Let’s determine if that pinch you feel is the fact that your life revolves around providing unachievable happiness to someone close to you, someone who will never just be satisfied with your best; someone who demands 100% emotional support but rarely reciprocates.

Be Honest With Yourself

The trait of honesty with self alone will set you apart from a sociopath who is a perpetual liar, to the point where he or she believes the lies they tell.  Truth can be abrasive for you or those close to you.  It may hurt but it’s time to rip the band-aid off.  Change is inevitable and arduous when you have a false sense of security in a bad relationship.  Change is hard to precipitate when your life has been hijacked.  You may also be struggling with feelings for the hijacker, such as jealousy, fear of reprisals or your security if finances are fully controlled by the narcissist. We will explore this problem and learn how to overcome the adversity; turning the negativity into an energy to springboard us to a secure future and greater self-love.  Standby for the next of this series.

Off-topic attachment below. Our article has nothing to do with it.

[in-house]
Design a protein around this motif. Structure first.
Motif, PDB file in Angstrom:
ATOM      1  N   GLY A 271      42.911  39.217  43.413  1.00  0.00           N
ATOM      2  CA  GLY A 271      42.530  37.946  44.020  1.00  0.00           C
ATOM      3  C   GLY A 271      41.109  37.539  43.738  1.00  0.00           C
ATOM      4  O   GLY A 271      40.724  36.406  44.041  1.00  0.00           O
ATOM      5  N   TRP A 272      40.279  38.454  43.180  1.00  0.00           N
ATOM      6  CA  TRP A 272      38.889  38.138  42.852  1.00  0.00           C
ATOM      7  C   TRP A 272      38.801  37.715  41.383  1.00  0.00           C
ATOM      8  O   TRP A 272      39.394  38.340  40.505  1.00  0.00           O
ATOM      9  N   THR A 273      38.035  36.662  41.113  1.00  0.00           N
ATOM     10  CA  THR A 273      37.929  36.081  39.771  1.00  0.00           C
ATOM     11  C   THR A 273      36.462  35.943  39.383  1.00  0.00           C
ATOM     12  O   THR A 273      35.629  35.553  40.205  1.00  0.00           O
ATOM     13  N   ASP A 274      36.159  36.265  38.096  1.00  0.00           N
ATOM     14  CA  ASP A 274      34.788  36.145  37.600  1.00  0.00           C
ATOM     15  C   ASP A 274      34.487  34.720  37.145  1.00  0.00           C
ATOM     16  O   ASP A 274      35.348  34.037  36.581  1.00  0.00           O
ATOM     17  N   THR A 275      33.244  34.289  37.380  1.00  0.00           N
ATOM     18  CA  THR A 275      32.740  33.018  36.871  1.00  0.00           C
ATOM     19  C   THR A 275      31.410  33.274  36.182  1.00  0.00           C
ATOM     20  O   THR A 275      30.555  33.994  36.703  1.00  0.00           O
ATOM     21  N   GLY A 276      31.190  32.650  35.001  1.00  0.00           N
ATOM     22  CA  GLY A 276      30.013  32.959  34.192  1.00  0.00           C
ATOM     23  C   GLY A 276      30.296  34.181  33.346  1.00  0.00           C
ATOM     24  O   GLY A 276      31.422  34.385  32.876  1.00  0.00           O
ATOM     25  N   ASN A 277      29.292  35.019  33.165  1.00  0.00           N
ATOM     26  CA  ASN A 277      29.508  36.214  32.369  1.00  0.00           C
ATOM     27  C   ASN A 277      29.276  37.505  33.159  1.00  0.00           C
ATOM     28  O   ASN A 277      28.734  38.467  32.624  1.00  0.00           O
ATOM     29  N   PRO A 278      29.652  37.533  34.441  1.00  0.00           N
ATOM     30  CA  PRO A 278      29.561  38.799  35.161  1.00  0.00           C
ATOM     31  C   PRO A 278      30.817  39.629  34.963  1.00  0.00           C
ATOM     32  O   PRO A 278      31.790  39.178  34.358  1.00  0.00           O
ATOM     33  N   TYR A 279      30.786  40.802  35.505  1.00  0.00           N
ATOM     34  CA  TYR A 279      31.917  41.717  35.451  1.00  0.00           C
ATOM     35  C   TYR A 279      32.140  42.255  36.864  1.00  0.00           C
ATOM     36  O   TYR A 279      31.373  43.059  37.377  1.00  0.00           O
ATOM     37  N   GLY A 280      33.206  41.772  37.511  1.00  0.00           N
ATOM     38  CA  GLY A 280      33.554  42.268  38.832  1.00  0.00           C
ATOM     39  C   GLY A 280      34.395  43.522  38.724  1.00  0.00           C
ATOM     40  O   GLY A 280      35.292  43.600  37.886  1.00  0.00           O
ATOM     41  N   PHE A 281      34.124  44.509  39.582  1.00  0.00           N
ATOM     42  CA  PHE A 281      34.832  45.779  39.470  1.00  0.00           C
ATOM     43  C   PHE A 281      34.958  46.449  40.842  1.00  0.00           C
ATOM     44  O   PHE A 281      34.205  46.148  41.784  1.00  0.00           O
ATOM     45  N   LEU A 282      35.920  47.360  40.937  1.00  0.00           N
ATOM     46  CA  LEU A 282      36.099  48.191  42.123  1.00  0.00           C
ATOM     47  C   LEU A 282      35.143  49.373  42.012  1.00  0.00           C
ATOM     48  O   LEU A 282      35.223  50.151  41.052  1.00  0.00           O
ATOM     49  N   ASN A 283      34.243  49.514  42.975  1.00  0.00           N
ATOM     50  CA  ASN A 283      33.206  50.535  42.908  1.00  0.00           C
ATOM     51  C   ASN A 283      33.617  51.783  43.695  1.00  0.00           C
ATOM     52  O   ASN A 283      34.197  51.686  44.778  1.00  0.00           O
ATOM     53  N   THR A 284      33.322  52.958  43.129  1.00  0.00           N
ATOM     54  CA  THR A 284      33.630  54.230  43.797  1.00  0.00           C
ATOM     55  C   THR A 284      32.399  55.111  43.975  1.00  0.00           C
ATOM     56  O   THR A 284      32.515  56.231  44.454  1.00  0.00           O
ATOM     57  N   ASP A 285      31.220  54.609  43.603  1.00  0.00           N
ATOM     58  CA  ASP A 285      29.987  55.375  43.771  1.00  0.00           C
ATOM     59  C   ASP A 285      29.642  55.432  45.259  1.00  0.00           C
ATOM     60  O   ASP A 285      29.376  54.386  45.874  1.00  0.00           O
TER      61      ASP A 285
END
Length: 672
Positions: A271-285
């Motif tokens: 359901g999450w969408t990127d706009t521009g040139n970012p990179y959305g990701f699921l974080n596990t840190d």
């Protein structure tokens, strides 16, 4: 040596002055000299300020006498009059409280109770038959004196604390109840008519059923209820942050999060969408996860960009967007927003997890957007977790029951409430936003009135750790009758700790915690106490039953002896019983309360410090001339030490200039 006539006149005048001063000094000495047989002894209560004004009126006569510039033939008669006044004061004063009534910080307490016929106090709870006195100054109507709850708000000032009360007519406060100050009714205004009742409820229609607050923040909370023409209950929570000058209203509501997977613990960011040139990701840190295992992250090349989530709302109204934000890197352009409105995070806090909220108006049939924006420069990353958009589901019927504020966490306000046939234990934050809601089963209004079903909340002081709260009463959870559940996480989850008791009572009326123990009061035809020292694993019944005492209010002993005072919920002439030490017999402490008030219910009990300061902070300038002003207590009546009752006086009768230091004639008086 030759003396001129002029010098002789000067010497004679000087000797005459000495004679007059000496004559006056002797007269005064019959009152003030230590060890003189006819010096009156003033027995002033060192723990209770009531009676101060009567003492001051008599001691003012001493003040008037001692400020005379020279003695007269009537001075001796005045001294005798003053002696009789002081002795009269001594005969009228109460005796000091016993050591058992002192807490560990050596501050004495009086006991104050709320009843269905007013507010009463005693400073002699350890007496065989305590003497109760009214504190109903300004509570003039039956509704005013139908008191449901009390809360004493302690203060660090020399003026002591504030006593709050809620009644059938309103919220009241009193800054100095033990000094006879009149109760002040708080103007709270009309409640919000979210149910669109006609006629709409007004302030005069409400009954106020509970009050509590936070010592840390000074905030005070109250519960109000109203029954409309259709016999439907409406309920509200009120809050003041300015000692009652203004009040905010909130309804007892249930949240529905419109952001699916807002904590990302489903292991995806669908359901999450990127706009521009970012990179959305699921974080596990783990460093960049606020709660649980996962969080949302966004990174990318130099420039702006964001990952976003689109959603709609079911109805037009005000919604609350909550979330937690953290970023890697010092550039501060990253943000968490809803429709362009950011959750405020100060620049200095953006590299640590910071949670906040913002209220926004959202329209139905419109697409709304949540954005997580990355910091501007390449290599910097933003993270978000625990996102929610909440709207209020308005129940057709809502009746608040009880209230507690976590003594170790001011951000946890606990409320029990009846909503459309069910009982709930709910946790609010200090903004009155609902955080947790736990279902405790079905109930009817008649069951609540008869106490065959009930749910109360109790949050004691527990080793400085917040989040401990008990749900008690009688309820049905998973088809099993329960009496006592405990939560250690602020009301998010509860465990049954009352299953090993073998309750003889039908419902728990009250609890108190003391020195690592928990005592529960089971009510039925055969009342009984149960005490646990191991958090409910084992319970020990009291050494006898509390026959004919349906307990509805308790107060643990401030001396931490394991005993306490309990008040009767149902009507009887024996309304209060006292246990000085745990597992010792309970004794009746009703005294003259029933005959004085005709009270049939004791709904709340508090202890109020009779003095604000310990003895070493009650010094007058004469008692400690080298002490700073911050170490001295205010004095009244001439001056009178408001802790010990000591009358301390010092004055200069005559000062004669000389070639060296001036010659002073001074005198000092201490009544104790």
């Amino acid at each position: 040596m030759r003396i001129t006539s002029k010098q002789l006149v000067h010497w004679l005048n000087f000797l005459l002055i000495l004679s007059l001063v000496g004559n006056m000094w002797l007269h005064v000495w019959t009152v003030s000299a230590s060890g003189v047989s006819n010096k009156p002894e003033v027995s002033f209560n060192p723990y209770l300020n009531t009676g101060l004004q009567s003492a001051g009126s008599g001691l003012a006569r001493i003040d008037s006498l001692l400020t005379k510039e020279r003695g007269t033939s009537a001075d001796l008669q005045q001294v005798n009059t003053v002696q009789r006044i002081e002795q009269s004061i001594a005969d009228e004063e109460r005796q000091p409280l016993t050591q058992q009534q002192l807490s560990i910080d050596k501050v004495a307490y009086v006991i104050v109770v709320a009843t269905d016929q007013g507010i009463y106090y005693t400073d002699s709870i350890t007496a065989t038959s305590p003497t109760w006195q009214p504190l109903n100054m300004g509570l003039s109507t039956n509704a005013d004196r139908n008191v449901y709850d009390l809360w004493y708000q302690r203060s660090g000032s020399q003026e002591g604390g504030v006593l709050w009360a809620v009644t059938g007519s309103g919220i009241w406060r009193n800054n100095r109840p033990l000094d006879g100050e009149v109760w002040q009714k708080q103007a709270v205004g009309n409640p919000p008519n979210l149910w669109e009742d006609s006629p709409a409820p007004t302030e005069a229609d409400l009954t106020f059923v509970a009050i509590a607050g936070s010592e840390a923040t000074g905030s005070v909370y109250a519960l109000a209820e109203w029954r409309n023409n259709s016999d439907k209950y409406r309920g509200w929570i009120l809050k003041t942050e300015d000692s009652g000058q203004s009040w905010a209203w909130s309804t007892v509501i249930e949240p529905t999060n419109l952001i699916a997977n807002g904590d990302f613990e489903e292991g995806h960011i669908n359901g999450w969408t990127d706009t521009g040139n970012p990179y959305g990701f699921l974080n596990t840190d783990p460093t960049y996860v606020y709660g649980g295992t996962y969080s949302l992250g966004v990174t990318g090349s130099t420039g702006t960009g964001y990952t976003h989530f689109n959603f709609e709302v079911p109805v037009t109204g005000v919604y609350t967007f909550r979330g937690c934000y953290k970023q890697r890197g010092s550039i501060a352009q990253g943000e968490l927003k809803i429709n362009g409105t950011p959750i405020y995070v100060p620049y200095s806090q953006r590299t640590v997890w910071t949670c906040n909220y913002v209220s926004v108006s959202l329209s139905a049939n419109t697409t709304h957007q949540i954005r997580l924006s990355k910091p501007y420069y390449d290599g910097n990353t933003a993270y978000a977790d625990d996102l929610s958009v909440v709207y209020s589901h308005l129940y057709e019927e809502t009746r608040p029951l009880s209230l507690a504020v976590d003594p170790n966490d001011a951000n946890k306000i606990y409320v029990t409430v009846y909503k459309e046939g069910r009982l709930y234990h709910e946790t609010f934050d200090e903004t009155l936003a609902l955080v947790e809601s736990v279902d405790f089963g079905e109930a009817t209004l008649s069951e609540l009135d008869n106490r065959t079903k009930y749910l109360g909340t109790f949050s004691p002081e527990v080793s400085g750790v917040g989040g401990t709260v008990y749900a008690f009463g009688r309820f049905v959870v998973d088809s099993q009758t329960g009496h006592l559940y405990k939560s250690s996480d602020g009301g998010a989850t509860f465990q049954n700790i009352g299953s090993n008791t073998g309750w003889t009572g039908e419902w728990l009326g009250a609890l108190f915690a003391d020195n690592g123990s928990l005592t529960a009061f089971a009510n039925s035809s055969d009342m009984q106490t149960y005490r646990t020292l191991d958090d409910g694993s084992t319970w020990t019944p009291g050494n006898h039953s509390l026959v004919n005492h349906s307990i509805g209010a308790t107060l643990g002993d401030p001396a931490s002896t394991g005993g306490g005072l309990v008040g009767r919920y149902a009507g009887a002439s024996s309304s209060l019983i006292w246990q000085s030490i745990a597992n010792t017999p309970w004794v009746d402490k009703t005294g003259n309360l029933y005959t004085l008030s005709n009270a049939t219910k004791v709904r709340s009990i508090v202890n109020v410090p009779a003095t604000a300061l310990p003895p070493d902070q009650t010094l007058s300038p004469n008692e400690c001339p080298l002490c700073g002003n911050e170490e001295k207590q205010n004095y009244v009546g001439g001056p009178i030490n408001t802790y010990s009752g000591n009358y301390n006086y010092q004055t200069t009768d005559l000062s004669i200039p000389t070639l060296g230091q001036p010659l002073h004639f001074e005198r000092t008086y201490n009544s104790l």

Disclaimer

I am not a mental health professional.  My information is derived from the writings and coaching from my daughter, Meli Hickman  I've written this from my experience and point of view surrounding toxic relationships.  There rests great synergy in the combination of mental health professional’s advice and experiences of a victim. Standby for the 2nd part of this series which will discuss what tricks a hijacker uses to destroy your self-worth and how to get it back. Please comment your story HERE..  We want to hear it and who knows the impact it may have on others. Your feedback is important our continued growth.  Let’s discover and dictate our own lives.